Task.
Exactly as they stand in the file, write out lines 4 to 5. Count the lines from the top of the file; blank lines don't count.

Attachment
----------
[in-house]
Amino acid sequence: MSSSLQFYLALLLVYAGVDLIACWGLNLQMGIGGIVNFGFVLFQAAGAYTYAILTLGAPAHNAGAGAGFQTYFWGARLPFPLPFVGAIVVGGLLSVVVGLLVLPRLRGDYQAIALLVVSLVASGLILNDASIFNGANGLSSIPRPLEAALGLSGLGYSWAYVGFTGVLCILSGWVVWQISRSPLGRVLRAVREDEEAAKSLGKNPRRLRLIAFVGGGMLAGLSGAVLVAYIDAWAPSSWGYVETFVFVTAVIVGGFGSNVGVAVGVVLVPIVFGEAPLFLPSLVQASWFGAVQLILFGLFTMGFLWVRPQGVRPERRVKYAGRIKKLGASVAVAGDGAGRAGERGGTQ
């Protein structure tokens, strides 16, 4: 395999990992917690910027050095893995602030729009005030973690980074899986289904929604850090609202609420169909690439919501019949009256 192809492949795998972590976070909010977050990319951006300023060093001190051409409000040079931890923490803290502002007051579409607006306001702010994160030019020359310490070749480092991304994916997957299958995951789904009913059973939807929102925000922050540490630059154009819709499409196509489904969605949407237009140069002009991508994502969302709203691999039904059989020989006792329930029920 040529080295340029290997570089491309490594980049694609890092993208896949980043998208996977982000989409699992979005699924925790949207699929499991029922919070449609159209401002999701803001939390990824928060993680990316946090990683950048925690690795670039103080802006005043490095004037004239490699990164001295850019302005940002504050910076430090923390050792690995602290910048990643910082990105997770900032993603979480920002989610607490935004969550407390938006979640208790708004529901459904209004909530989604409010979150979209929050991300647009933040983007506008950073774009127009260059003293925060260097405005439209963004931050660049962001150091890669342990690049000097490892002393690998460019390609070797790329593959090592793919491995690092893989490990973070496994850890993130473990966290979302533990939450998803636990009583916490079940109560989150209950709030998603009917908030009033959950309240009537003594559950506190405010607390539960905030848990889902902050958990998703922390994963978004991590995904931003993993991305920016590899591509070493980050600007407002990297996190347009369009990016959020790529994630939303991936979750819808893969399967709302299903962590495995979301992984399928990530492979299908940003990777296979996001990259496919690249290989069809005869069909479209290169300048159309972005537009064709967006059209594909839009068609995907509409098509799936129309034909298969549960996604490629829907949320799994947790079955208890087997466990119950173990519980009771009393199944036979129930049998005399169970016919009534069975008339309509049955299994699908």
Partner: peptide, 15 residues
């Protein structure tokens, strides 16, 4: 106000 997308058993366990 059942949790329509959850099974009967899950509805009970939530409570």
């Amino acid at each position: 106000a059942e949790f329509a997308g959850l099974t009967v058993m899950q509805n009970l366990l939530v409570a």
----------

Partner: peptide, 15 residues
């Protein structure tokens, strides 16, 4: 106000 997308058993366990 059942949790329509959850099974009967899950509805009970939530409570």